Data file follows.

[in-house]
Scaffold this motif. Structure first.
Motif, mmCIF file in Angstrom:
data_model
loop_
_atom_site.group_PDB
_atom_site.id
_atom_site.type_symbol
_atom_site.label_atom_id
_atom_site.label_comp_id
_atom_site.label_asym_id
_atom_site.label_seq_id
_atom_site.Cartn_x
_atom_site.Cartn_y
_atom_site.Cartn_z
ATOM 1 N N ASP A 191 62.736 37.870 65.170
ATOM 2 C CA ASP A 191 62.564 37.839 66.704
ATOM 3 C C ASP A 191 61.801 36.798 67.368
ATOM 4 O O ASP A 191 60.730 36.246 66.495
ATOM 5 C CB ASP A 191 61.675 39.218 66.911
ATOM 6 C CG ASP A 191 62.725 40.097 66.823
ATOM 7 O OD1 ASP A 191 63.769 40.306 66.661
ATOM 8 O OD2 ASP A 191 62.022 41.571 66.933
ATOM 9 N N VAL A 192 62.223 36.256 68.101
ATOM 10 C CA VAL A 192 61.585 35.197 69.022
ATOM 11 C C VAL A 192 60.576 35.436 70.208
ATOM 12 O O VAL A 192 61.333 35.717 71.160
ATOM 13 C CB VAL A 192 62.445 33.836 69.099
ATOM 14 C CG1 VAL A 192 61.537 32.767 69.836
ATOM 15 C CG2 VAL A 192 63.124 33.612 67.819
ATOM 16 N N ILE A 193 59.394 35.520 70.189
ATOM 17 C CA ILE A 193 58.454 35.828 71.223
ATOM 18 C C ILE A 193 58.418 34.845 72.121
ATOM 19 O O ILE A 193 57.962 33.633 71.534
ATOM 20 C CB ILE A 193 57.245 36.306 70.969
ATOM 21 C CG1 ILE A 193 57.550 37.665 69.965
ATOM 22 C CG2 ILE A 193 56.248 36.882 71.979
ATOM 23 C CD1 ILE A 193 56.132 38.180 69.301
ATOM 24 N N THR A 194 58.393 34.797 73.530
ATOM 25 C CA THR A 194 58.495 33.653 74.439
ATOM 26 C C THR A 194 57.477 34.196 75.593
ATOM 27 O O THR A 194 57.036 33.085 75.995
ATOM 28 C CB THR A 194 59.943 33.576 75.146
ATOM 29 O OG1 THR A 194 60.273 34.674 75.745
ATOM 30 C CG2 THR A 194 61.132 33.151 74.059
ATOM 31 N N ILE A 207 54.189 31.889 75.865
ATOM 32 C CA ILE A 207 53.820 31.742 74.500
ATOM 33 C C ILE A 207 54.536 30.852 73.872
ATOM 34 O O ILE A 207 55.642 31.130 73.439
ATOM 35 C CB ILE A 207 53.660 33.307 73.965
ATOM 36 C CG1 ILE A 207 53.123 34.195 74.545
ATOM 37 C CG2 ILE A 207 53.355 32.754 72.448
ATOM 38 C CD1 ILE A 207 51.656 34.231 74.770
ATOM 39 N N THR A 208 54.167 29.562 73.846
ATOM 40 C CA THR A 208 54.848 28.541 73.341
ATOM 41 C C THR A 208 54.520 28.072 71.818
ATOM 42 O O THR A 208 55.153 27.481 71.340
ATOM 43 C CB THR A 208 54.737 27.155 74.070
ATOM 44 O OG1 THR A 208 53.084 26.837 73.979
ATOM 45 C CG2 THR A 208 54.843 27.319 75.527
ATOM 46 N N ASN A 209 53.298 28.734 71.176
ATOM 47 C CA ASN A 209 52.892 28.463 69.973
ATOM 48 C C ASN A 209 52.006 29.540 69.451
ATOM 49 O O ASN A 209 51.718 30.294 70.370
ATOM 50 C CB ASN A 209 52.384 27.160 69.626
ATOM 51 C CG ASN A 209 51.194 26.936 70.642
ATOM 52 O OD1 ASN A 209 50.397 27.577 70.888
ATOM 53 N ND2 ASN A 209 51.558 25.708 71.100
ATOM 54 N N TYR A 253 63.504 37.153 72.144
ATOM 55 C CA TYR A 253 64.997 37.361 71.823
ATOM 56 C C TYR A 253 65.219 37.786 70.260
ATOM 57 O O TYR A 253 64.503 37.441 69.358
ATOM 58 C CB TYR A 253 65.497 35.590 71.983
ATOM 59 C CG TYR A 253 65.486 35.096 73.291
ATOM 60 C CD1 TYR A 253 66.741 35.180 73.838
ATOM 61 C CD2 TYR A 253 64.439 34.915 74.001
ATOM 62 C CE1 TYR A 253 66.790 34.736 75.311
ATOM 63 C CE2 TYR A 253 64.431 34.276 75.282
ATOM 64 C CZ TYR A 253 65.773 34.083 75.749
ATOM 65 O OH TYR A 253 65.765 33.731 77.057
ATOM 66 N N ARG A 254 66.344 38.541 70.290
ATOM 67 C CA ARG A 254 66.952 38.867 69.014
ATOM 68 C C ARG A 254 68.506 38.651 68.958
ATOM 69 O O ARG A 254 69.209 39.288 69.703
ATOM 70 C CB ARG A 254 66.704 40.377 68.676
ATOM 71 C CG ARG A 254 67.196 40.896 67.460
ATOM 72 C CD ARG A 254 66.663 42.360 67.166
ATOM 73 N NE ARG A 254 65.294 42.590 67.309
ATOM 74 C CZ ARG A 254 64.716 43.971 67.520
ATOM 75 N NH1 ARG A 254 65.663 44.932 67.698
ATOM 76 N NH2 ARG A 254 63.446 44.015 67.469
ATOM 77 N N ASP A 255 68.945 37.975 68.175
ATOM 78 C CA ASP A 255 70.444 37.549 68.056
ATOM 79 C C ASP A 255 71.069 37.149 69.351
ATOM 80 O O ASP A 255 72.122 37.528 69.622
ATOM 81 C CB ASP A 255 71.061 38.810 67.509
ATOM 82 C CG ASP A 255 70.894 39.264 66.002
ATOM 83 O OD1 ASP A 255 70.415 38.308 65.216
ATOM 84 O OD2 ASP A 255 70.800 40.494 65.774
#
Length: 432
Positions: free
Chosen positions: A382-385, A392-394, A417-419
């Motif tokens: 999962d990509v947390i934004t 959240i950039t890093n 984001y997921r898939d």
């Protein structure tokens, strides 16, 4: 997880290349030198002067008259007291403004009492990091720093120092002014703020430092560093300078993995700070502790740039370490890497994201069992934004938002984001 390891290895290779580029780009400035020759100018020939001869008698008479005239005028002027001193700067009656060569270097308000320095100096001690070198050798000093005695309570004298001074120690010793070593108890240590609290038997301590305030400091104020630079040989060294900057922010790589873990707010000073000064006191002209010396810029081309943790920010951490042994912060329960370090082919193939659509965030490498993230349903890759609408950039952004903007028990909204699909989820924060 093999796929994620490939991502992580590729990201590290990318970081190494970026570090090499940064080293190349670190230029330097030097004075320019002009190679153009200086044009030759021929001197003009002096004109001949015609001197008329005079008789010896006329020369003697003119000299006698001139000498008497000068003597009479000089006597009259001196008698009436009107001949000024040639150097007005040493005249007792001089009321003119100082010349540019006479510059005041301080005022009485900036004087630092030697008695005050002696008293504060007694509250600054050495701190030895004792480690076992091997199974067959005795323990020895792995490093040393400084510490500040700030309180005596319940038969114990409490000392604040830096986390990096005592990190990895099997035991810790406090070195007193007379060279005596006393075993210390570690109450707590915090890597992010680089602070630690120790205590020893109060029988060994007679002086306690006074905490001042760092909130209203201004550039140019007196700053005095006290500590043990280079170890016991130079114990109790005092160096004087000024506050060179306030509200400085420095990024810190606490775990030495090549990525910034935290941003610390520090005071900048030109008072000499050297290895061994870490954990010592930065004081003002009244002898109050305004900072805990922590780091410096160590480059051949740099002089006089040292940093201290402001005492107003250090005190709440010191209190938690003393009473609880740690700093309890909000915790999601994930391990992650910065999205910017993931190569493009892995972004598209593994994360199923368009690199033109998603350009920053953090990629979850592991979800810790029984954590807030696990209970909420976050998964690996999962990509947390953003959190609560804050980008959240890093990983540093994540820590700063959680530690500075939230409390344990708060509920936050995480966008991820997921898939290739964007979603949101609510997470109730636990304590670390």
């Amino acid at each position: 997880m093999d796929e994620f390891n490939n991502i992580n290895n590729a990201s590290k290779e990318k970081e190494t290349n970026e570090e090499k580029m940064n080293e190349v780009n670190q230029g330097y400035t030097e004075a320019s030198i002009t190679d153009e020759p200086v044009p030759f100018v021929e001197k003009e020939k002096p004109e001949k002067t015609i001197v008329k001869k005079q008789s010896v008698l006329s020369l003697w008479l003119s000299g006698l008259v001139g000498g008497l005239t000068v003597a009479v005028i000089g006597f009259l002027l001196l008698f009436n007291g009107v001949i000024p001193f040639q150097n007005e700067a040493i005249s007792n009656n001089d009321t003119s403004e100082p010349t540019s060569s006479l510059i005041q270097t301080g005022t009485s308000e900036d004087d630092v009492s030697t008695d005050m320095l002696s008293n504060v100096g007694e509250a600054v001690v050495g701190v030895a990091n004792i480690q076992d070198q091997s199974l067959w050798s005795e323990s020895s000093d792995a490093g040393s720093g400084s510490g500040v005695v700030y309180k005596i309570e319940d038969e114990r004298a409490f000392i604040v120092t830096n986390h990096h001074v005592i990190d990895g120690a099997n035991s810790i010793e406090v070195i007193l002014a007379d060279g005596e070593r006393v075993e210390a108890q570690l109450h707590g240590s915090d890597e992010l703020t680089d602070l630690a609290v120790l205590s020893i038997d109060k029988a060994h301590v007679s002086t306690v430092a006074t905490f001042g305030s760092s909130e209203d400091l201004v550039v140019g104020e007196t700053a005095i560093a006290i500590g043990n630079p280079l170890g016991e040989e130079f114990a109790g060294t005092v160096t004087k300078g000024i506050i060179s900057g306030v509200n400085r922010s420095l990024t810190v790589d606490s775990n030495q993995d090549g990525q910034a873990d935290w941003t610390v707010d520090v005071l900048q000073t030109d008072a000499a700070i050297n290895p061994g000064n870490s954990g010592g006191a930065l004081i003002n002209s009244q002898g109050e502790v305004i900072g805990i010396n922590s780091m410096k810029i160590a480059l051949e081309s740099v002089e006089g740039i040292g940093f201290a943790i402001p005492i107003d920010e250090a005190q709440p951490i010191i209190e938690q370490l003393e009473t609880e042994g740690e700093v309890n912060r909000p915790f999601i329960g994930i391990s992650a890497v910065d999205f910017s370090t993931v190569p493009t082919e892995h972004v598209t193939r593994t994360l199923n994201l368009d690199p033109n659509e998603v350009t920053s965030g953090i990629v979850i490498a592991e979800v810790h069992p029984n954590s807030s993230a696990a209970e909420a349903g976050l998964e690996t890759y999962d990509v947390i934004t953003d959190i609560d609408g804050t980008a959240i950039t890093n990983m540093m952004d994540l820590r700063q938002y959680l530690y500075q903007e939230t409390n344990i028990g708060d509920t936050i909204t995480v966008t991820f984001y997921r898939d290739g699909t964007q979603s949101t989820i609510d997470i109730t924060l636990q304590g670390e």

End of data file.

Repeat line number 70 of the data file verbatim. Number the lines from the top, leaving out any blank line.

ATOM 55 C CA TYR A 253 64.997 37.361 71.823